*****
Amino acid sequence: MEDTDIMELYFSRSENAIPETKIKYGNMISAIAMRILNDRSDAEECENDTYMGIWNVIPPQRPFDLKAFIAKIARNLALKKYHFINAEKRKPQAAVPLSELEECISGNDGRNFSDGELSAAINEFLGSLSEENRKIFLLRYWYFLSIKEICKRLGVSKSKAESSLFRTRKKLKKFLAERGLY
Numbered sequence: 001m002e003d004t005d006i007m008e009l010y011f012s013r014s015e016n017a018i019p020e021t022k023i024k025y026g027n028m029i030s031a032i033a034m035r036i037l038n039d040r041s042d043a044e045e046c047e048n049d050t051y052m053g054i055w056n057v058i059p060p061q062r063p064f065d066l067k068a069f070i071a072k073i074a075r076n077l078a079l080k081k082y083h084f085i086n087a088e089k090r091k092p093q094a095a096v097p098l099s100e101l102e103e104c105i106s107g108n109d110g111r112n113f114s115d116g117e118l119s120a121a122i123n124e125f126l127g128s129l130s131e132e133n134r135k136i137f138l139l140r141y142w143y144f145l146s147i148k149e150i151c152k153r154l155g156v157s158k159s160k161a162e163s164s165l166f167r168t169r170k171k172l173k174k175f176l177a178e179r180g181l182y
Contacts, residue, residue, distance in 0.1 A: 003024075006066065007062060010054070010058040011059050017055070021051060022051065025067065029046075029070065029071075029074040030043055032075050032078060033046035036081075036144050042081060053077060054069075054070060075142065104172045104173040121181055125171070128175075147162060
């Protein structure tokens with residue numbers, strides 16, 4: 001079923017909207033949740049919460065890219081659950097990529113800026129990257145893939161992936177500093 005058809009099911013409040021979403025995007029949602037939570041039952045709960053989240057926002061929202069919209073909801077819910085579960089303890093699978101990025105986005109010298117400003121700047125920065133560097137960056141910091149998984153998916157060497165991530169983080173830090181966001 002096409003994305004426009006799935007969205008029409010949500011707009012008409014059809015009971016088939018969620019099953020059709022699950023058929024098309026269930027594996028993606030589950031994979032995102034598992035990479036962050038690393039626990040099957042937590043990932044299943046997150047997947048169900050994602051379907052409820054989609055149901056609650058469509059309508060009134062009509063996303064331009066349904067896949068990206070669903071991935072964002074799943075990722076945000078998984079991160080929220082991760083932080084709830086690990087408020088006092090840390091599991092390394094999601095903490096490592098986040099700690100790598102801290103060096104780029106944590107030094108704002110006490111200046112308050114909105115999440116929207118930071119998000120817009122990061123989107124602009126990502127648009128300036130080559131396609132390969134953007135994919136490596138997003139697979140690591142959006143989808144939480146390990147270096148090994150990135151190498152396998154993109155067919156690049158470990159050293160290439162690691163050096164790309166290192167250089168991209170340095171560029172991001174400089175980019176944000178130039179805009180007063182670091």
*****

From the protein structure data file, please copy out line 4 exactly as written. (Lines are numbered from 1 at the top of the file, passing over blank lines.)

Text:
């Protein structure tokens with residue numbers, strides 16, 4: 001079923017909207033949740049919460065890219081659950097990529113800026129990257145893939161992936177500093 005058809009099911013409040021979403025995007029949602037939570041039952045709960053989240057926002061929202069919209073909801077819910085579960089303890093699978101990025105986005109010298117400003121700047125920065133560097137960056141910091149998984153998916157060497165991530169983080173830090181966001 002096409003994305004426009006799935007969205008029409010949500011707009012008409014059809015009971016088939018969620019099953020059709022699950023058929024098309026269930027594996028993606030589950031994979032995102034598992035990479036962050038690393039626990040099957042937590043990932044299943046997150047997947048169900050994602051379907052409820054989609055149901056609650058469509059309508060009134062009509063996303064331009066349904067896949068990206070669903071991935072964002074799943075990722076945000078998984079991160080929220082991760083932080084709830086690990087408020088006092090840390091599991092390394094999601095903490096490592098986040099700690100790598102801290103060096104780029106944590107030094108704002110006490111200046112308050114909105115999440116929207118930071119998000120817009122990061123989107124602009126990502127648009128300036130080559131396609132390969134953007135994919136490596138997003139697979140690591142959006143989808144939480146390990147270096148090994150990135151190498152396998154993109155067919156690049158470990159050293160290439162690691163050096164790309166290192167250089168991209170340095171560029172991001174400089175980019176944000178130039179805009180007063182670091």